(e) After the STI implantation, the semiconductor arrangement 1 is subjected to a thermal process. In this case, thermal radiation 14 that heats the semiconductor arrangement 1 is generated using an energy source 13, for example a plurality of halogen lamps. The temperature for heating the semiconductor arrangement 1 is set in a suitable manner by means of the thermal radiation 14 and the energy emitted by the energy source 13. What is achieved by means of this thermal process is that the fluorine ions 7 situated in the region of the interface 6 virtually move independently toward the interface 6. Ideally, almost all of the fluorine ions 7 are situated at the interface 6 between dielectric layer 5 and semiconductor body 2 after the thermal process 13.
A significant factor here is that the fluorine ions 7 have a very high diffusion constant and thus a very good diffusion property in the semiconductor substrate and in particular in a monocrystalline silicon substrate 2. This makes use of the effect that the fluorine ions 7 are oriented virtually independently in each case in the direction of the interface 6.
In the case of the STI semiconductor process outlined above with reference to FIGS. 2(a)-2(e), it must be taken into consideration that the process steps here have been described merely for better illustration of the invention and do not lay claim to completeness.
In a preferred but not necessary embodiment of the invention the fluorine-based passivation of the interface 6 has to be performed especially on those regions of the interface area 6 which are exposed to very high-electric electric fields. These high-electric fields, which can be in the range of greater 100 keV/cm may be a result of potential differences of about 1 V between a distance of less than 100 nm. The fundamental inventive step going along with the inventive method is to remove a layer of passivation atoms (being almost exclusive of hydrogen) by means of a very short heating pulse. The layer of passivating atoms are already present and having a very small bond energy. The short heating pulse may be a so-called spike anneal step, wherein this step may be a heat treatment of about 1000° C. without a stop time and having a pulse width of about 2 secs at a temperature of about 950° C. Subsequent to this short heat treatment for to remove the layer of passivating atoms preferably fluorine ions or fluorine-containing molecules are incorporated for example by ion implantation just above and under the interface area to be passivated. After this heat treatment another thermal step is performed. With this subsequent thermal step the fluorine particles being incorporated in the previous ion implantation step are enriched at the interface area. By this thermal step and by enrichment of the fluorine atoms these fluorine atoms are integrated within the semiconductor body at the interface area in a very stable state.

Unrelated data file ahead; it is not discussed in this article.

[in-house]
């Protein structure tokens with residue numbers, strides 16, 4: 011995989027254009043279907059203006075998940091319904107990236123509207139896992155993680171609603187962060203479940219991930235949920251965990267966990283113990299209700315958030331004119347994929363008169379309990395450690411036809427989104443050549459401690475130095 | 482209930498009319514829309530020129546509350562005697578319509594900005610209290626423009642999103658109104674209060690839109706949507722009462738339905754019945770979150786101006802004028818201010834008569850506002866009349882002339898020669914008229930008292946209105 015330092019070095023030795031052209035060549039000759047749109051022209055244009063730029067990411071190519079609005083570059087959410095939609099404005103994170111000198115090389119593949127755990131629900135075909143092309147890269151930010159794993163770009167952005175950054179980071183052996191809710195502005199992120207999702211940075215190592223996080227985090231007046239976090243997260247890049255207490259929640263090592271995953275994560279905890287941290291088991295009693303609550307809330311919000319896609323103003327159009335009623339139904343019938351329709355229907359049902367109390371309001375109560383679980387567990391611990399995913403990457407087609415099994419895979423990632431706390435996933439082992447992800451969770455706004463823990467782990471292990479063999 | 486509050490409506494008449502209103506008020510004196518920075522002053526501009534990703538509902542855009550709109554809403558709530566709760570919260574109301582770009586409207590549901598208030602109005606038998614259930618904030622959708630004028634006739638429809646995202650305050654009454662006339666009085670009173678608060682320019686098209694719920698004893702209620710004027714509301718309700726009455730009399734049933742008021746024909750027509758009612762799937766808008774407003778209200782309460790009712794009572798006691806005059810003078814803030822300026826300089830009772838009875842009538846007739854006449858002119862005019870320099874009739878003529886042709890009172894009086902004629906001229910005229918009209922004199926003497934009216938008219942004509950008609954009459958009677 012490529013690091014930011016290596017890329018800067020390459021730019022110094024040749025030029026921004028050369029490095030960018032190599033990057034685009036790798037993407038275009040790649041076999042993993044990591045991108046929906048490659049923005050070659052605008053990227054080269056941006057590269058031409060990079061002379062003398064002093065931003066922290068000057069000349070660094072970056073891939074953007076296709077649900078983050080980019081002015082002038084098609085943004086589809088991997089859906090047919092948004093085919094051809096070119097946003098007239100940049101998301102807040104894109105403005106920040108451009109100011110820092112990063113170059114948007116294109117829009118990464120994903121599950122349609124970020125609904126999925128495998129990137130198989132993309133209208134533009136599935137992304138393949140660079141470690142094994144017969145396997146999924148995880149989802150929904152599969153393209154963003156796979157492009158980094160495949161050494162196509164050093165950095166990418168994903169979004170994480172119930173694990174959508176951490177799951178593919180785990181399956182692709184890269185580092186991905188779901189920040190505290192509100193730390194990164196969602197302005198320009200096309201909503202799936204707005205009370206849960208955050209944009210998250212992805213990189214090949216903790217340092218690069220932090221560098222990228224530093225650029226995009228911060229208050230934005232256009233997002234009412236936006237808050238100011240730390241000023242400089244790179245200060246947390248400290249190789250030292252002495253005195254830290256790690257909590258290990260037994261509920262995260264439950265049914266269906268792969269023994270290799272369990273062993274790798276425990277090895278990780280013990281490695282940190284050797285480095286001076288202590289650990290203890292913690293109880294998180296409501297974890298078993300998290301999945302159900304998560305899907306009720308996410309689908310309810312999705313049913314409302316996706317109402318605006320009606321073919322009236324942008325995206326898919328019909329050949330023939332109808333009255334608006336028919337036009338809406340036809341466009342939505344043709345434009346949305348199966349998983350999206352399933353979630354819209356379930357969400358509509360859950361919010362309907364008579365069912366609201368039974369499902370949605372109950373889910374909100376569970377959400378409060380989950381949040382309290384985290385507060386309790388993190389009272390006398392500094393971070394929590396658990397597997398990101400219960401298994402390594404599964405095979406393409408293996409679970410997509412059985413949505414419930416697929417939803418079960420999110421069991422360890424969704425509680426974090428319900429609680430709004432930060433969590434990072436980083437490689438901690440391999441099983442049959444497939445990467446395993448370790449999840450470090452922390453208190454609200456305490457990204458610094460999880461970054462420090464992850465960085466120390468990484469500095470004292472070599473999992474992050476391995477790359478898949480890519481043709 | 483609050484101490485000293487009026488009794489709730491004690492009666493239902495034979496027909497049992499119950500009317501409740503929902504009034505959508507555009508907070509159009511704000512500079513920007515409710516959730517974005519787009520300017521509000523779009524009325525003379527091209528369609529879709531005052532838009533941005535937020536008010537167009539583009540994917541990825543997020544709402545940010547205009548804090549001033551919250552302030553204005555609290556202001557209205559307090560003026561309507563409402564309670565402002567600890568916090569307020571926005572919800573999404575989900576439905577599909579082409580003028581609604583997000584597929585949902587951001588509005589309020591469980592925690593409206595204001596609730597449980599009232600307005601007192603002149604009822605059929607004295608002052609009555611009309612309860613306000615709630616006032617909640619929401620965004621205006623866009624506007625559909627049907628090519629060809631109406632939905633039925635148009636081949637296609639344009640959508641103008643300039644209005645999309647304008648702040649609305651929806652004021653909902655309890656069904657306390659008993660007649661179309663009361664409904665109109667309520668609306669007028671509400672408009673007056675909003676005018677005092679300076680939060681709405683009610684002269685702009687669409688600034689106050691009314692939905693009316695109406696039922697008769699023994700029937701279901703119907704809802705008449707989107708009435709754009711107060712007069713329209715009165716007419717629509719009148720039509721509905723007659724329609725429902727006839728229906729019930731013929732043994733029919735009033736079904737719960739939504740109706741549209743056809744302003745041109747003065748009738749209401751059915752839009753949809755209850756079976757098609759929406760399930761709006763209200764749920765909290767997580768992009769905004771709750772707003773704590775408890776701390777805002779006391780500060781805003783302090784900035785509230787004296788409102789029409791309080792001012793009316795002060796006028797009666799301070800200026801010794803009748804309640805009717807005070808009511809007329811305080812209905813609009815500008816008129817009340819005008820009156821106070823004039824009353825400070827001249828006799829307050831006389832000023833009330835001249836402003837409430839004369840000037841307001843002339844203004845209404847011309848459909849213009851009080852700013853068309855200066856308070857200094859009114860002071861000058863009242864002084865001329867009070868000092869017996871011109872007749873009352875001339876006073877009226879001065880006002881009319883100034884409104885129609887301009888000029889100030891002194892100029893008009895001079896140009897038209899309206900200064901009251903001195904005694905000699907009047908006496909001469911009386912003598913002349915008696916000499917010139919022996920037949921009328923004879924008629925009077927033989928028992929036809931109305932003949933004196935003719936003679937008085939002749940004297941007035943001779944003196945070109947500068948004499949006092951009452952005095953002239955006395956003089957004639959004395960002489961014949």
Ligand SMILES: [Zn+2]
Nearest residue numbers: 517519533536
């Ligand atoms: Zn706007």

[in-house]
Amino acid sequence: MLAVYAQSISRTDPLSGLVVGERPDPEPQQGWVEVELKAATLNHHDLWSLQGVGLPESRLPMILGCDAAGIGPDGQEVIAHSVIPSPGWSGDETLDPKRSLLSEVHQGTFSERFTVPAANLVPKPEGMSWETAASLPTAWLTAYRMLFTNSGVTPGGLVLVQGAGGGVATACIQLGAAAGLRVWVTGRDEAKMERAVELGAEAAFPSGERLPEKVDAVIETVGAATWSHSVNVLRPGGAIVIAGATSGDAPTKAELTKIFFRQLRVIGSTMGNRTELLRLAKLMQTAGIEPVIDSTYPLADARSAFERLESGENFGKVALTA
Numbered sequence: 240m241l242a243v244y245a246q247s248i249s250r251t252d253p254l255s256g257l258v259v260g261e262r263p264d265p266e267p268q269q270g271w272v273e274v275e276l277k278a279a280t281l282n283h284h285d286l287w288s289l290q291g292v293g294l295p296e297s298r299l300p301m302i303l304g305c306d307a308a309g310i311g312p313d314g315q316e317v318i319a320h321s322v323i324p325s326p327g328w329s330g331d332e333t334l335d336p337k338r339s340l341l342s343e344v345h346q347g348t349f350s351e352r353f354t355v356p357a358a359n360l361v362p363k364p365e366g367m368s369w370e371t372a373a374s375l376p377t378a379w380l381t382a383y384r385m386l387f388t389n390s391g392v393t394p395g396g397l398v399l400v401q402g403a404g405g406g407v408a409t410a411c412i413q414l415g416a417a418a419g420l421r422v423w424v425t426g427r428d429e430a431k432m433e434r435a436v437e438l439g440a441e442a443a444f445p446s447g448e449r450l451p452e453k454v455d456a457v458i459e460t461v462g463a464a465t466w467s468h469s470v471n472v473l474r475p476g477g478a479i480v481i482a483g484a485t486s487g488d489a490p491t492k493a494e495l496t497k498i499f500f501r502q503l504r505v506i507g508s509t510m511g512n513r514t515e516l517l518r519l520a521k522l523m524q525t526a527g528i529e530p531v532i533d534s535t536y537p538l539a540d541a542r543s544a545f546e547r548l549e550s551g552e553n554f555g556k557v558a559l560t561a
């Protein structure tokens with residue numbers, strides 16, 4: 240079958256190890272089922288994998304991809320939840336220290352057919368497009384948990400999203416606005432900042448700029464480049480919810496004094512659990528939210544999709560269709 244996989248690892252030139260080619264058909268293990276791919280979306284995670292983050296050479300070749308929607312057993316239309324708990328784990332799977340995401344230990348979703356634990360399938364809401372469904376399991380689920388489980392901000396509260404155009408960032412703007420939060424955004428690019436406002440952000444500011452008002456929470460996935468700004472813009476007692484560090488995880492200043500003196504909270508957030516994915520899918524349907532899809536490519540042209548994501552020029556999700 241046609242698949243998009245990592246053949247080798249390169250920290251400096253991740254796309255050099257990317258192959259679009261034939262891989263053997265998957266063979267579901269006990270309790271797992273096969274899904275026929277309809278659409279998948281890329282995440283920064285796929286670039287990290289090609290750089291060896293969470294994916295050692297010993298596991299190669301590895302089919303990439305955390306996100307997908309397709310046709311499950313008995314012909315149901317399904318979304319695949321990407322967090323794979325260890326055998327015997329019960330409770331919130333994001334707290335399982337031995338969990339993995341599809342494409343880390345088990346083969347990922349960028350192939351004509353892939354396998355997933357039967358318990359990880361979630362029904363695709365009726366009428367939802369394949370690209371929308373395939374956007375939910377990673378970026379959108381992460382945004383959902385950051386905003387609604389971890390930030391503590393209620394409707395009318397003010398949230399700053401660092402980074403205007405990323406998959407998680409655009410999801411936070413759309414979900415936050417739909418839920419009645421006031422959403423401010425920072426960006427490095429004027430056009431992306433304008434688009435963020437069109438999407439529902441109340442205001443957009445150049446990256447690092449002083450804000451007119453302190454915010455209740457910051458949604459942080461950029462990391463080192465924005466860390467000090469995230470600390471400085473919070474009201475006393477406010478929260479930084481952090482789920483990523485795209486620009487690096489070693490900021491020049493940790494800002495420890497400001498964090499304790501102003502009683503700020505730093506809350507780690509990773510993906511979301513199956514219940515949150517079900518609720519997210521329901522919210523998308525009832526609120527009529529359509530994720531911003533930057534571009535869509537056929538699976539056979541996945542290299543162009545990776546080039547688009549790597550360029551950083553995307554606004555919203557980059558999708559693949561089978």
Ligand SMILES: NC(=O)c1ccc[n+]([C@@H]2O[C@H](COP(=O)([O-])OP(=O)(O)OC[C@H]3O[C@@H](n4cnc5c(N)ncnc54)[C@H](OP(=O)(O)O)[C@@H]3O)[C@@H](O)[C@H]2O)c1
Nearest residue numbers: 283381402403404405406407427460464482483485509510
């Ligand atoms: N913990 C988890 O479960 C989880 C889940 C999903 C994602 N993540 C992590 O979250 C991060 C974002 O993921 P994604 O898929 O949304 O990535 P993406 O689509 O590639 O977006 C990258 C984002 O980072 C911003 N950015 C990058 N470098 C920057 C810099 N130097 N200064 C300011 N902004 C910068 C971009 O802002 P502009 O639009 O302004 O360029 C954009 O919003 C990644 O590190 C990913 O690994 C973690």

In addition to the aforementioned method being described with reference to
In the following part, a preferred integration method is described to use the inventive method for example in a CMOS process for example to fabricate a conventional DRAM device.
A CMOS process flow is divided in general in three blocks. The first block is the so-called front-end of line (FEOL) or shortly front-end. The second block is a so-called mid-of-line (MOL). The last block is the so-called back-end-of line (BEOL) or shortly back-end. The process steps of the front-end block are all directly in contact with the semiconductor device (such as silicon). The middle block generates the first contacting level for direct wiring the semiconductor device with for example wolfram, titane, copper material. This midblock typically includes the direct contact electrodes, for example to contact the different contact areas of a transistor of the semiconductor device. The back-end steps includes wiring levels being arranged superior to the first wiring level of the mid-of-line and typically in addition to that the terminating passivation layer.
The mid-of-line process typically begins with a process step for depositing a diffusion barrier such as silicone nitride (Si3N4)—the so-called nitride liner—and a subsequent deposition of an oxide filling layer which is arranged typically between neigboring transistor contact areas (gate electrodes). According to the present invention prior to the deposition of the Si3N4 liner—that is at the end of the front-end-process—a very short spike anneal is performed to remove the passivating atoms having a small bond energy and to incorporate fluorine atoms by subsequent implanting fluorine ions in the semiconductor surface. This fluorine implant is being performed typically by an implanting dosis in the range between 7*1013 cm−2 to 7*1014 cm−2. The implantation is typically performed having a very flat implantation angle. The next thermal step in the normal process flow than can be automatically applied to generate the desired implanted fluorine atoms at the interface area.
Although the present invention has been described above on the basis of a preferred exemplary embodiment, it is not restricted thereto, but rather can be modified in diverse ways.
In particular, the selection of the layer materials is only by way of example and can be varied in many different ways. Moreover, the process steps described above can likewise be varied in manifold ways. Thus, instead of a thermal oxidation, it is also possible to provide a dry oxidation with O2, a wet oxidation with H2O, an oxidation with O3 or a radical oxidation. In this case, however, it is necessary to choose a favorable temperature range in each case.